The Gunners squad is also in a decent enough position for rotation in areas. There is the potential for further recruits in January to help with their top-four push.

Another trophy will be a sign of their long-term upward trajectory under Arteta's guidance. At the prices available, they represent good value in the FA Cup outright market.

Our outright preview with best bets for the FA Cup


Tuesday to win the Cazoo Oaks

By Ben Linfoot

There looked to be a changing of the guard last year when it came to the Classic-makers with Frankel landing three British and Irish Classics thanks to his sons Adayar and Hurricane Lane.

The go-to stallion for many a year has been Frankel’s own sire, Galileo, a breeding phenomenon who passed away in 2021 at the age of 23, but his legacy may well have one or two final chapters yet.

He had 44 juveniles run in Britain and Ireland this year, winning with nine of them, but it’s one of the maidens that catches the eye in the Cazoo Oaks with Aidan O’Brien’s TUESDAY available at 33/1.

As you would expect, she’s beautifully bred being out of the dual-Group One winner Lillie Langtry, making her a full-sister to Minding, the seven-time Group One heroine who landed the Oaks at Epsom in 2016. She’s also a full-sister to Empress Josephine, Galileo’s only British or Irish Classic winner in 2021.

Minding ran five times at two, but Empress Josephine wasn’t seen at all as a juvenile – so it’s no real concern that Tuesday was seen just the once at two when she was a highly-encouraging short head second to subsequent Group One winner, Discoveries.

That was in a seven-furlong maiden at the Curragh on June 25 where she shaped tremendously well, despite running green, and given what Discoveries did afterwards when winning the Moyglare, Tuesday has to be rated a top prospect.

She’s 25/1 for the 1000 Guineas, but given she only raced once at two I’d rather back her at a slightly bigger price for the Oaks in June and hope that she lays down a marker for the race with her displays in the spring.

Native Trial edges out Masekela in the Superlative Stakes
Click the image for Ben Linfoot's 2022 Classics preview


Matthew Wolff to win the US PGA

By Ben Coley

MATTHEW WOLFF is a massive, back-to-form talent who is of interest in at least three majors but particularly so for this one, played in the state where he enjoyed so much success as a college golfer.

Wolff endured a nightmare start to 2021, which culminated in him taking a break after a Masters disqualification was followed by an abysmal display alongside Collin Morikawa in the Zurich Classic pairs event. All of this was particularly disappointing given that he'd finished second in Bryson DeChambeau's US Open and then second again on his next start late in 2020.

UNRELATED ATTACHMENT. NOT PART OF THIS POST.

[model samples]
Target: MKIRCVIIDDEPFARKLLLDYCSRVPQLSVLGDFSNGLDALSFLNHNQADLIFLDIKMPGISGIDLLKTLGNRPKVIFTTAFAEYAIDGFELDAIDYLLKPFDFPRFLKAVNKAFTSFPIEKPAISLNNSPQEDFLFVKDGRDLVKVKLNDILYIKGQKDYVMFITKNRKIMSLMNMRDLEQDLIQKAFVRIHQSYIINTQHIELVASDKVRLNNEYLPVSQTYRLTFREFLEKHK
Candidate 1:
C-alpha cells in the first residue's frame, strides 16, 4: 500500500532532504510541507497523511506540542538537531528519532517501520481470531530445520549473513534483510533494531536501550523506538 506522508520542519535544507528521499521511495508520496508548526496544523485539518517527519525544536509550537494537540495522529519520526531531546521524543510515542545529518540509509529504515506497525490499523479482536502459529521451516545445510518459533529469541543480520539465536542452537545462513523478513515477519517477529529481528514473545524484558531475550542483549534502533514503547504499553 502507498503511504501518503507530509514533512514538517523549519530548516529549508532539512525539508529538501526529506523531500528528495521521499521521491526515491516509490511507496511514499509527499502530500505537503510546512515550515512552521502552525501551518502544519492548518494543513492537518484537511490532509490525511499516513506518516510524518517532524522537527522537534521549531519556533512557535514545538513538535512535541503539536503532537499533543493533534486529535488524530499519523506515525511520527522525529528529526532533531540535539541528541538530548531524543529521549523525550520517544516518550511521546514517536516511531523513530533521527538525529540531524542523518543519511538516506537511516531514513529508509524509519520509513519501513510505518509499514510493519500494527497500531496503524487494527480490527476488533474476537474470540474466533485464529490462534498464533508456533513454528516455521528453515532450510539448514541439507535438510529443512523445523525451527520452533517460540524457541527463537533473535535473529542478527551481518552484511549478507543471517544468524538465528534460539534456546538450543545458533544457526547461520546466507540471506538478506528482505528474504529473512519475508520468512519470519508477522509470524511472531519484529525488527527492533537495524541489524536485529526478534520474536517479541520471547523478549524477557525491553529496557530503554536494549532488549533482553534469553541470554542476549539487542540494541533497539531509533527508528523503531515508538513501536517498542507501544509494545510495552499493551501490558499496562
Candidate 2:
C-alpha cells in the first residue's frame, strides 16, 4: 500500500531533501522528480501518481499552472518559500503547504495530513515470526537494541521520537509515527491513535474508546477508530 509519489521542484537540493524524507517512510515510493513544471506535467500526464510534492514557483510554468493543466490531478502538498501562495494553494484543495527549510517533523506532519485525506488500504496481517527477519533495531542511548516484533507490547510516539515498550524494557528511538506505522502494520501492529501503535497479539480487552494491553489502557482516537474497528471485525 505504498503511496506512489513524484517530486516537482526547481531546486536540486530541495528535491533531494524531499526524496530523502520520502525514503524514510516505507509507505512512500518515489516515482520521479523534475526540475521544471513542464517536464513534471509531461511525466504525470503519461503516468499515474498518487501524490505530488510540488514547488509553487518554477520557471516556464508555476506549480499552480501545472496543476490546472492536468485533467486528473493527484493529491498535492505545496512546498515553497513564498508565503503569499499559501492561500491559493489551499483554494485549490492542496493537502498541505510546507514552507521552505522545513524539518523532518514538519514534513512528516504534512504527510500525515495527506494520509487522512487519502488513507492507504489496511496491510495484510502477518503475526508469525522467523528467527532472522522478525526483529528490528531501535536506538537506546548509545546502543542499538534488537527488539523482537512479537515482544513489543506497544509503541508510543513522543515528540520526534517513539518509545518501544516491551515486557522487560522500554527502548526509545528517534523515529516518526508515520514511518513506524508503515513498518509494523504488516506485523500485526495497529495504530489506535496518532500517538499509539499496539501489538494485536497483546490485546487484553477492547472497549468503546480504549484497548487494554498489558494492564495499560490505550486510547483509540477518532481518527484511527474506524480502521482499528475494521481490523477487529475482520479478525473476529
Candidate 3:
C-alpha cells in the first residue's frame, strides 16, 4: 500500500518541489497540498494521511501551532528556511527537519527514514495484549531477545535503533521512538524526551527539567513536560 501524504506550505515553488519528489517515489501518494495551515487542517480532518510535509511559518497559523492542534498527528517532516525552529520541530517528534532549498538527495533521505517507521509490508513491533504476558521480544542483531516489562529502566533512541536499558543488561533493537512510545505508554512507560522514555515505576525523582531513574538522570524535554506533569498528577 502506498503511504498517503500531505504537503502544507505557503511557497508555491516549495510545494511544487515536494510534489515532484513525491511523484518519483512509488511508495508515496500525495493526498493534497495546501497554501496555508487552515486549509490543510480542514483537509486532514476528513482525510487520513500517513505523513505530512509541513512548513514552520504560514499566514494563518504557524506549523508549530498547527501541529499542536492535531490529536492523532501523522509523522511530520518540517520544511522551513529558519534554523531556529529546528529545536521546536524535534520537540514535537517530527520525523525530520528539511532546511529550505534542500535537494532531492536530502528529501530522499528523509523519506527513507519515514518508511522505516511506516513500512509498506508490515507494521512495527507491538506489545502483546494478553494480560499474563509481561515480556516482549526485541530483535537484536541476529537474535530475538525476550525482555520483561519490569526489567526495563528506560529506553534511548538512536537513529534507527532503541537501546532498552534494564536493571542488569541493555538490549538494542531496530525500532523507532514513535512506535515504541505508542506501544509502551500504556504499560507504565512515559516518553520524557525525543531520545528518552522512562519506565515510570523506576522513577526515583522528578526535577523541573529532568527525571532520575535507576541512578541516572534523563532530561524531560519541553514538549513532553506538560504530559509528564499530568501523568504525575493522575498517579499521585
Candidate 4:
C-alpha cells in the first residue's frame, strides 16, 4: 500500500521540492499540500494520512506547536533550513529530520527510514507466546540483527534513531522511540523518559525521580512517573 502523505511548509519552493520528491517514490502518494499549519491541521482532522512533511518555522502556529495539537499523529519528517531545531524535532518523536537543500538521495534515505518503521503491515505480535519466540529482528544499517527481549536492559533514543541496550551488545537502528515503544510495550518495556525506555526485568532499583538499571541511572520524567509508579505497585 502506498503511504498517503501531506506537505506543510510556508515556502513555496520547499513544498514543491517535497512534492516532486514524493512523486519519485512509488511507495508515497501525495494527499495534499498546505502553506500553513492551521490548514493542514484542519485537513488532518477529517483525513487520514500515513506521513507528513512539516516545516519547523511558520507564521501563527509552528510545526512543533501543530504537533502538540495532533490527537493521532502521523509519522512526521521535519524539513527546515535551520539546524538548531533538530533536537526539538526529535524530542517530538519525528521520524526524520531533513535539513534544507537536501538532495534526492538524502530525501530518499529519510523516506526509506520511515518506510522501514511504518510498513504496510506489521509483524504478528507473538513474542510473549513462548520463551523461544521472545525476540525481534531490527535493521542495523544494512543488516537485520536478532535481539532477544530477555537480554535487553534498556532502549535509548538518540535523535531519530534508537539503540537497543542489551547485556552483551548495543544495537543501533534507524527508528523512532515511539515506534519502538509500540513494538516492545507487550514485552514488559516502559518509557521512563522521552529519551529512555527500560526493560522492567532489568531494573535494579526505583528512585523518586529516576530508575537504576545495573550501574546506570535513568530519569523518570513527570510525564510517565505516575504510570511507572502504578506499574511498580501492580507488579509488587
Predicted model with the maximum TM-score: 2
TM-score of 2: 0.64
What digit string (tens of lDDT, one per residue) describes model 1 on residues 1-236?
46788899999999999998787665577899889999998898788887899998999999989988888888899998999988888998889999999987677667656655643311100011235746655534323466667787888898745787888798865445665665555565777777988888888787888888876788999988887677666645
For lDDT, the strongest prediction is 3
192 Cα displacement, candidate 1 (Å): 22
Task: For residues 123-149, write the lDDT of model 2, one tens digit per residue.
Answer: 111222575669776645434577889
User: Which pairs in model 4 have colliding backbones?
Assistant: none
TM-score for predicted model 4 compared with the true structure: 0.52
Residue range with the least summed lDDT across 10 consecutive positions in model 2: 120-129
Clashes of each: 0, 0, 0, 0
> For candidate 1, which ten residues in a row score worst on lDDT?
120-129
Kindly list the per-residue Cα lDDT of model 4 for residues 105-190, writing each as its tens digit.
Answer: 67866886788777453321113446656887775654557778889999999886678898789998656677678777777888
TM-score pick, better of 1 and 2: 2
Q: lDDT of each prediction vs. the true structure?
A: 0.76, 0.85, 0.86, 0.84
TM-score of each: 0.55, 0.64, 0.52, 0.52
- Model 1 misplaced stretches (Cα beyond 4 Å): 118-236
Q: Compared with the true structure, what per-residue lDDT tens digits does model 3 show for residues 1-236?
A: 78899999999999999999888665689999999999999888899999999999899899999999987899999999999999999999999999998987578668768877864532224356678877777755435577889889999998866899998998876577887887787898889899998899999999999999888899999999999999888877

We've since learned that Wolff needed time away to deal with mental health issues, the life of a touring professional – even one of his class – not always as easy as it may seem from the outside. Thankfully, he was brave and mature enough to step away, and such is his talent that he was able to contend for the US Open straight out of the gate upon his return, ultimately finishing 15th at Torrey Pines.

A quiet summer followed, but Wolff again capitalised on time away when returning to mark himself down as one to follow with a string of encouraging displays to start the new season. Seventeenth in the Sanderson Farms wasn't enough to stop his slide down the rankings but second place next time was, and he's since added fifth in Mexico and 11th in Houston, a sequence of four top-20 finishes which represents the foundations for a big 2022.

Firmly back on track and having contended in three of his five major championship appearances so far, securing top-five finishes in two of them, Wolff's upside is significant, and the fact he'll be roared on by what's effectively home support is a nice little plus.

Sam Burns is too big a price for the Open - and looks worth following in general next year
Click the image for Ben Coley's 2022 majors preview


Germany to win the World Cup

By Jake Pearson

Arguably no team were more impressive in qualifying for the 2022 World Cup than Hansi Flick’s Germany.

Die Mannschaft may have lost to North Macedonia three games in, but that was under Joachim Low. Since former Bayern Munich manager Flick took charge post-Euro 2020, the Germans have been utterly ruthless.

Rejuvenated under their new coach, they won all seven qualification games, scoring 31 goals and conceding just twice.

Germany boast an impressive mix of young talent and experienced heads, and crucially, are a well-rounded team. They do not rely on individuals, with 12 different players netting since Flick took charge.

Their round of 16 defeat by England at the Euros will be a distant memory, and a general price of 10/1 about GERMANY TO WIN THE WORLD CUP looks a little big at present.

Germany under Hansi Flick
Click the image for Jake Pearson's full preview


Tenebrism to win the 1000 Guineas

By David Ord